For a larger environment, you’ll probably want a dedicated backup application and a robotic tape library with multiple drives. The tapes have a barcode attached to the rear and the tape library has a barcode reader. The application can then track each tape and knows when the backups expire and the tape can be re-used.

Finally - Most recent tape drives support “TapeAlert”, and it’s useful to know you can manually read “TapeAlerts” with the Linux “smartctl” utility, for example (from my failing, dust contaminated LTO2 drive):

# smartctl -d scsi --all /dev/sg4
smartctl 6.5 2016-05-07 r4318 [x86_64-linux-4.4.172] (local build)
Copyright (C) 2002-16, Bruce Allen, Christian Franke, www.smartmontools.org

=== START OF INFORMATION SECTION ===
Vendor:               CERTANCE
Product:              ULTRIUM 2
Revision:             1914
Serial number:        xxxxxxx
Device type:          tape
Local Time is:        Thu Mar 14 15:09:51 2019 GMT
Temperature Warning:  Enabled

=== START OF READ SMART DATA SECTION ===
TapeAlert Supported
TapeAlert Errors (C=Critical, W=Warning, I=Informational):
[0x0f] W: The memory in the tape cartridge has failed, which reduces
  performance. Do not use the cartridge for further write operations.
[0x11] W: You have loaded a cartridge of a type that is read-only in this drive.
  The cartridge will appear as write-protected.
[0x12] W: The tape directory on the tape cartridge has been corrupted. File
  search performance will be degraded. The tape directory can be rebuilt
  by reading all the data on the cartridge.
Error counter log:
           Errors Corrected by           Total   Correction     Gigabytes    Total
               ECC          rereads/    errors   algorithm      processed    uncorrected
           fast | delayed   rewrites  corrected  invocations   [10^9 bytes]  errors
read:          0        0         0         0          0          0.000           0
write:         0        0         0         0          0          0.000           0

Device does not support Self Test logging

# smartctl -d scsi --all /dev/sg4
smartctl 6.5 2016-05-07 r4318 [x86_64-linux-4.4.172] (local build)
Copyright (C) 2002-16, Bruce Allen, Christian Franke, www.smartmontools.org

=== START OF INFORMATION SECTION ===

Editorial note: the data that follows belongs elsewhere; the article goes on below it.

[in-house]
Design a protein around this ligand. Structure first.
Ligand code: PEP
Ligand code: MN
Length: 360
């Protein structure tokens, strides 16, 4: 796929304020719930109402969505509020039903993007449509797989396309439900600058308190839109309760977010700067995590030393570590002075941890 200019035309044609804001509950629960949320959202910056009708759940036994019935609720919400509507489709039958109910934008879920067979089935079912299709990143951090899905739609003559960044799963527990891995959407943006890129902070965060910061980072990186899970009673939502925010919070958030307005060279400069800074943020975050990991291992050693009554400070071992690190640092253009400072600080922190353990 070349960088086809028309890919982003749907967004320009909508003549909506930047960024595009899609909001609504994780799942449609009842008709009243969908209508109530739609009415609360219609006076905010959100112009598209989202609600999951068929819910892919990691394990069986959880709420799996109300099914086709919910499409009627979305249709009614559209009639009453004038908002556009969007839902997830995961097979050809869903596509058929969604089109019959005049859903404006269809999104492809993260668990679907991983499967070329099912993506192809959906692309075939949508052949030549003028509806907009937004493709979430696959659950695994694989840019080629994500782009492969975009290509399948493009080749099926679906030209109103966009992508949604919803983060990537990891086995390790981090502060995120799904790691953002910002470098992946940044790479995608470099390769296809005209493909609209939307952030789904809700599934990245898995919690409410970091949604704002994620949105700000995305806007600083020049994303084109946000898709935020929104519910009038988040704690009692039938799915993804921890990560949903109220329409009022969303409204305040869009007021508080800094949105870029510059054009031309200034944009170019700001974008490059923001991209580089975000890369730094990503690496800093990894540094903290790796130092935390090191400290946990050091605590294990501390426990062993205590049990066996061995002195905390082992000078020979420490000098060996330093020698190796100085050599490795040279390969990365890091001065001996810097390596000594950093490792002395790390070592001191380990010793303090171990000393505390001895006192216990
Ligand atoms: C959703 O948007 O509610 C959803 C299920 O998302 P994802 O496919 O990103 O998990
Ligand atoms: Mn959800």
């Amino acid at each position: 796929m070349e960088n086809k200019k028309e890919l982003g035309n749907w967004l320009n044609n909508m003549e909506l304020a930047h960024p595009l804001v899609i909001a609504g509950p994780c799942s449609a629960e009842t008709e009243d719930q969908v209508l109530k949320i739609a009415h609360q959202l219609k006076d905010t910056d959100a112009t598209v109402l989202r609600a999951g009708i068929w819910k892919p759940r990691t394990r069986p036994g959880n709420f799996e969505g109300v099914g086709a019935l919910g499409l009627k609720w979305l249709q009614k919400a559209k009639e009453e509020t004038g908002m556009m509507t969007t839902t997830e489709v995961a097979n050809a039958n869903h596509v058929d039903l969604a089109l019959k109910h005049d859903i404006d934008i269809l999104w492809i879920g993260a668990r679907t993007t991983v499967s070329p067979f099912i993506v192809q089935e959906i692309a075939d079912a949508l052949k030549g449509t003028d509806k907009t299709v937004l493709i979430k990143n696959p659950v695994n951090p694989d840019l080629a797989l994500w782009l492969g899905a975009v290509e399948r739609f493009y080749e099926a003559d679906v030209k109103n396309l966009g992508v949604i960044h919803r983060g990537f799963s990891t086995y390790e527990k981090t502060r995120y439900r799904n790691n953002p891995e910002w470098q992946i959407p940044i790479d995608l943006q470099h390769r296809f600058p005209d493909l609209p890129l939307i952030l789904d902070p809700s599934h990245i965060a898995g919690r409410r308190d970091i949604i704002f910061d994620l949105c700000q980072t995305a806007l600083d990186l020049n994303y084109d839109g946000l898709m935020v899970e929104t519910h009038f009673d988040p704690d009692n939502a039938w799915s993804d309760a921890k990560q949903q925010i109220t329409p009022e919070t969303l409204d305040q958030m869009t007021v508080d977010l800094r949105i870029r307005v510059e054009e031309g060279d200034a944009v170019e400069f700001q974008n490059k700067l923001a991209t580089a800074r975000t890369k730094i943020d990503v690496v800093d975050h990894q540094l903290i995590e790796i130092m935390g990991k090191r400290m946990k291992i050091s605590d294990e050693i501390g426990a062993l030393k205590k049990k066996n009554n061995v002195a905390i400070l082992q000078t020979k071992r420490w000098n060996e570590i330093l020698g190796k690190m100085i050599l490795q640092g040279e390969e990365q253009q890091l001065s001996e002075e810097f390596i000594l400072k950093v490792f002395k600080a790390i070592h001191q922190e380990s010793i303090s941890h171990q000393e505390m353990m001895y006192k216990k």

Vendor:               CERTANCE
Product:              ULTRIUM 2
Revision:             1914
Serial number:        xxxxxxx
Device type:          tape
Local Time is:        Thu Mar 14 15:31:15 2019 GMT
Temperature Warning:  Enabled

=== START OF READ SMART DATA SECTION ===
TapeAlert Supported
TapeAlert Errors (C=Critical, W=Warning, I=Informational):
[0x05] C: The tape is damaged or the drive is faulty. Call the tape drive
  supplier helpline.
[0x14] C: The tape drive needs cleaning:
  1. If the operation has stopped, eject the tape and clean the drive.
  2. If the operation has not stopped, wait for it to finish and then
  clean the drive.
  Check the tape drive users manual for device specific cleaning instructions.
[0x03] W: The operation has stopped because an error has occurred while reading
  or writing data that the drive cannot correct.
Error counter log:
           Errors Corrected by           Total   Correction     Gigabytes    Total
               ECC          rereads/    errors   algorithm      processed    uncorrected
           fast | delayed   rewrites  corrected  invocations   [10^9 bytes]  errors
read:          0        0         0         0          0          0.000           0
write:         0        0         0         0          0          0.000           0

Device does not support Self Test logging
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#13

Sorry that I’m late to the party.

This post above mine is quality stuff: LTO Tape Suggestions

I have to be honest, I’m not 100% sure if you’re simply asking is LTO a good way to write to tape or if it’s a more general question about strategies for backing up infrastructure locally. I’m going to go with general advice about LTO. But, if you’d like more details or my experience, just let me know.

Without getting into the weeds too much, I’ve used LTO 4 && 6. Between two Dell Powervaults, each with two tape libraries and drives, we manage to backup 20+ terabytes (uncompressed) a week to tape. This included, in general, nightly incrementals, and weekly full backups for our entire infrastructure. For the infrastructure going to LTO-6, I’d say it accounts for about 12-16 TB. We burn through probably 8-10 tapes per week (conservative estimate).

Cotton

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#14

@MarcT, @cotton, thank you for your replies. Very helpful info!

My use case is to archive data to tape as it is phased out of production (sporadically throughout the work week). Once a tape fills up, it’ll be moved to offsite cold storage. I’m probably looking at ~50TB/year or so, so tape turnover will be infrequent.

One question: is it possible to browse a tape over network via a file sharing protocol? This would just be for reads.